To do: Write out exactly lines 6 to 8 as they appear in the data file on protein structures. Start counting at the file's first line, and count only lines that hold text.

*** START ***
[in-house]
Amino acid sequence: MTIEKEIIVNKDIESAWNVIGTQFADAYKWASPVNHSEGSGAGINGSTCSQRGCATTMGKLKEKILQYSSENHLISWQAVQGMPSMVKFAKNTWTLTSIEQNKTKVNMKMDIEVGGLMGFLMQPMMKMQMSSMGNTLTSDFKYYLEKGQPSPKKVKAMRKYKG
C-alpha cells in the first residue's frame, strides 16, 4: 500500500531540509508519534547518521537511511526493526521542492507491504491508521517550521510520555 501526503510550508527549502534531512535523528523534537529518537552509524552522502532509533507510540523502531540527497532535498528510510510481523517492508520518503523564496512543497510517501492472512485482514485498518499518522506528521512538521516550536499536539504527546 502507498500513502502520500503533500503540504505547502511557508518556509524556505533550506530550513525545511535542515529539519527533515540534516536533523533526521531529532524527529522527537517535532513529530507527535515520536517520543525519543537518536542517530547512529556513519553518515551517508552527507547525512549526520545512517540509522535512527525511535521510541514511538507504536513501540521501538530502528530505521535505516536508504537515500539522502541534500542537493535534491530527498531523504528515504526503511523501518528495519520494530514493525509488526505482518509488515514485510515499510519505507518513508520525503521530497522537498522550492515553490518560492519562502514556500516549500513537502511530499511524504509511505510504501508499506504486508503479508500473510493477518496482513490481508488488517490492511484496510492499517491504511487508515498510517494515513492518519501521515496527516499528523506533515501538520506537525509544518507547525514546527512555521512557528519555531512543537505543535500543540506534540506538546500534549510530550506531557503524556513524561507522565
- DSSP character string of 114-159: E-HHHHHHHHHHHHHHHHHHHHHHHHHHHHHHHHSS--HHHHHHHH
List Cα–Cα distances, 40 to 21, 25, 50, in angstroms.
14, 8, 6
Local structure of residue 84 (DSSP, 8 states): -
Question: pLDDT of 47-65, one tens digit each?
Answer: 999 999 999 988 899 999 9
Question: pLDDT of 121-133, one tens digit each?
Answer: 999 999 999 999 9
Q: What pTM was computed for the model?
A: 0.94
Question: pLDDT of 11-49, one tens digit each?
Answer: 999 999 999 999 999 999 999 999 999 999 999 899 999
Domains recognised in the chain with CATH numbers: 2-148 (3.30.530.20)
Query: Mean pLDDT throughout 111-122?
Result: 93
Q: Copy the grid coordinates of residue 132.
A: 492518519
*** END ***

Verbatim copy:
14, 8, 6
Local structure of residue 84 (DSSP, 8 states): -
Question: pLDDT of 47-65, one tens digit each?